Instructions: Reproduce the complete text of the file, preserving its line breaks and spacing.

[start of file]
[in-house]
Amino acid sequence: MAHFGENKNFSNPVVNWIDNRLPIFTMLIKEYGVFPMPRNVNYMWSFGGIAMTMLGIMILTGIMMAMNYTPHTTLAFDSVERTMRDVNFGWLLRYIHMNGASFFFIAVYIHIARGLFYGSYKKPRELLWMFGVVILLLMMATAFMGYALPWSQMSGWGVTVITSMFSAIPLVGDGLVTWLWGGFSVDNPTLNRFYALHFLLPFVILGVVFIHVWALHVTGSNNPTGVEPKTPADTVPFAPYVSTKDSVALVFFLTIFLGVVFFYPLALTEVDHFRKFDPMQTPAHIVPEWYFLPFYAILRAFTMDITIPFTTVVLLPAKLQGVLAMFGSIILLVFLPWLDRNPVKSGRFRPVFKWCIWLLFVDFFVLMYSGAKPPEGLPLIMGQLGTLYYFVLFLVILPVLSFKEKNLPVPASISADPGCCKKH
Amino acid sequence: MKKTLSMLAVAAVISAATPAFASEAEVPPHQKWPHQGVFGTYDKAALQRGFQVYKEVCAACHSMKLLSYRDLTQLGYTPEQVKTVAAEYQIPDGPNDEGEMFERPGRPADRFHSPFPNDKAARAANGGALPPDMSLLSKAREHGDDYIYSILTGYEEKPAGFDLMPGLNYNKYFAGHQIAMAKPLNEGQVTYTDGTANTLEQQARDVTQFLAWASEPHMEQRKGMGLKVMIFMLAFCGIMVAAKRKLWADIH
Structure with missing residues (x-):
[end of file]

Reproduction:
[in-house]
Amino acid sequence: MAHFGENKNFSNPVVNWIDNRLPIFTMLIKEYGVFPMPRNVNYMWSFGGIAMTMLGIMILTGIMMAMNYTPHTTLAFDSVERTMRDVNFGWLLRYIHMNGASFFFIAVYIHIARGLFYGSYKKPRELLWMFGVVILLLMMATAFMGYALPWSQMSGWGVTVITSMFSAIPLVGDGLVTWLWGGFSVDNPTLNRFYALHFLLPFVILGVVFIHVWALHVTGSNNPTGVEPKTPADTVPFAPYVSTKDSVALVFFLTIFLGVVFFYPLALTEVDHFRKFDPMQTPAHIVPEWYFLPFYAILRAFTMDITIPFTTVVLLPAKLQGVLAMFGSIILLVFLPWLDRNPVKSGRFRPVFKWCIWLLFVDFFVLMYSGAKPPEGLPLIMGQLGTLYYFVLFLVILPVLSFKEKNLPVPASISADPGCCKKH
Amino acid sequence: MKKTLSMLAVAAVISAATPAFASEAEVPPHQKWPHQGVFGTYDKAALQRGFQVYKEVCAACHSMKLLSYRDLTQLGYTPEQVKTVAAEYQIPDGPNDEGEMFERPGRPADRFHSPFPNDKAARAANGGALPPDMSLLSKAREHGDDYIYSILTGYEEKPAGFDLMPGLNYNKYFAGHQIAMAKPLNEGQVTYTDGTANTLEQQARDVTQFLAWASEPHMEQRKGMGLKVMIFMLAFCGIMVAAKRKLWADIH
Structure with missing residues (x-):